Is it even within the realm of possibility for a human being to be known as a friend of God—by God? Yep! Abraham attained the lofty status of God’s friend, and Romans 4:24 says you can, too: “But it’s not just Abraham; it’s also us! The same thing gets said about us when we embrace and believe the One who brought Jesus to life when the conditions were equally hopeless.” (MSG)
The Journey // Focus: Genesis 25: 7-8
Abraham lived a hundred and seventy-five years. Then Abraham breathed his last and died at a good old age, an old man and full of years; and he was gathered to his people.
Reading the story of Abraham in Genesis can lead to only one conclusion: This man was a true hero of the faith! Here’s a guy who was saved by faith even before there was a Bible or the Law or Christ’s death and resurrection or a community of faith. God appeared to Abraham one day—we’re not even sure if he’d had any previous interaction with God or if this was simply an out-of-the-blue encounter—and Abraham said, “Okay God—I’m on board. What’s next?” Abraham then went on a life-long journey with God in which he became known as a friend of God—a pretty cool designation, I’d say—the genetic father of God’s people, the Jews, and the spiritual father of all who believe in God’s Son, Jesus Christ:
His faith and his actions worked together. His actions made his faith complete. And so it happened just as the Scriptures say: “Abraham believed God, and God counted him as righteous because of his faith.” He was even called the friend of God. (James 2:23)
So the promise is received by faith. It is given as a free gift. And we are all certain to receive it, whether or not we live according to the law of Moses, if we have faith like Abraham’s. For Abraham is the father of all who believe. That is what the Scriptures mean when God told him, “I have made you the father of many nations.” This happened because Abraham believed in the God who brings the dead back to life and who creates new things out of nothing. (Romans 4:16-17)
Obviously, Abraham was a very special man, and the Bible holds him up as an example to emulate for believers like you and me. We all ought to be Abraham-like in the spiritual dimension of our lives. But is that even possible? Is there even the smallest chance that I can develop that same kind of Abraham-like relationship with God? Can I attain a walk with God that will be an Abraham-like example to others? And if it’s possible, then how? Well, it is possible! Paul goes on to say,
But it’s not just Abraham; it’s also us! The same thing gets said about us when we embrace and believe the One who brought Jesus to life when the conditions were equally hopeless. (Romans 4:24, MSG)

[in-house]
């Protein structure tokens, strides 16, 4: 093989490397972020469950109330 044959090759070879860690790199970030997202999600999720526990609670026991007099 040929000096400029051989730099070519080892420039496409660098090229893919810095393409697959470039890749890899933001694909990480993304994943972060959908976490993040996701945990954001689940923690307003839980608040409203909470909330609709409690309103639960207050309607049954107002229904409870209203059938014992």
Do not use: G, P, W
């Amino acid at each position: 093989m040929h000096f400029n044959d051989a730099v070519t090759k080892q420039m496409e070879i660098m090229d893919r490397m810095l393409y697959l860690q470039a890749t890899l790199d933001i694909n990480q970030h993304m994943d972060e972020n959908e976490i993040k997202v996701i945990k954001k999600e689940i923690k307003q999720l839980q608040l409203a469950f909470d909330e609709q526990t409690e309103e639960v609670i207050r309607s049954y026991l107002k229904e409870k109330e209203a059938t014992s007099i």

How can we attain friendship with God? I can sum up the “how” in two words: Faith and hope—technically, that’s three words, but work with me! First, you’ve got to make resurrection the foundation of your faith. That’s what Abraham did! Romans 4:17 says, “Abraham believed in the God who brings back the dead to life.” Abraham was a little ahead of his time—like a few thousand years—but he believed in the God of the resurrection. What Paul is referring to here is the story of God’s call to Abraham to sacrifice his only son Isaac on the altar (you can read the story in Genesis 22), and Abraham’s willingness to actually go through with it. Why would Abraham be willing to do such a thing? Because he had faith in the God of the resurrection—the God who could, and would, raise Isaac back to life again. The truth is, to have that kind of Abraham-like faith, you and I have to have that same Abraham-like trust in the God of the resurrection. If you don’t have a foundational and resolute belief in the resurrection of Jesus from the dead, and his promise to resurrect you from the dead, your faith will not only not develop to Abraham-like proportions, it will be meaningless. Paul teaches us in I Corinthians 15:14, “If Christ is not risen, then our preaching is empty and your faith is also empty.” In other words, if we have no faith in the God of the resurrection, then I am wasting my energy writing this blog…and you’re wasting your time reading it…and you’ll never come close to living an Abraham-like life of faith. But the historical fact of the resurrection of Jesus from the dead proves that God is who he said he is and will fulfill what he has promised to do. And the faith you place in the God who resurrects the dead will empower you to live the kind of God-honoring faith that Abraham had. Second, you’ve got to claim resurrection as the basis of your hope. That, too, is what Abraham did. Romans 4:18 tells us that “even when there was no reason for hope, Abraham kept on hoping”…believing in God’s promises that one day he would be the father of many nations when his only son, through whom his lineage would continue, was about to die. In other words, Abraham didn’t let his circumstances dominate his life; he allowed God’s promises to dictate his life. Abraham believed that if Isaac was going to die on the altar, God would raise him to life. That was his hope. I don’t know if you’ve ever thought about this, but the exercise of that kind of hope is arguably the most powerful discipline you can engage as a believer. Count Bismarck said, “Without the hope of [Christian resurrection], this life is not worth the effort of getting dressed in the morning.” He was right! Christian hope is that important, and that powerful. Karl Marx proclaimed that religious hope is the opiate of the people. But Hebrews 6:19 says, “We have this hope as an anchor of the soul, firm and secure.” And Paul writes in Romans 5:5 that this “hope does not disappoint us!” Do you practice hope? I’m not talking about the breezy kind of optimism that Mary Martin sang about in South Pacific when she crooned, “I’m stuck like a dope with a thing called hope.” I’m talking about the exercise of hope that declares that you are choosing to believe in God’s promises, not just in spite of the evidence, but in scorn of the consequences. We’ve been called to practice that kind of hope. Faith, hope and the resurrection…that was Abraham’s secret. I have faith that it will be your secret too…at least I hope so!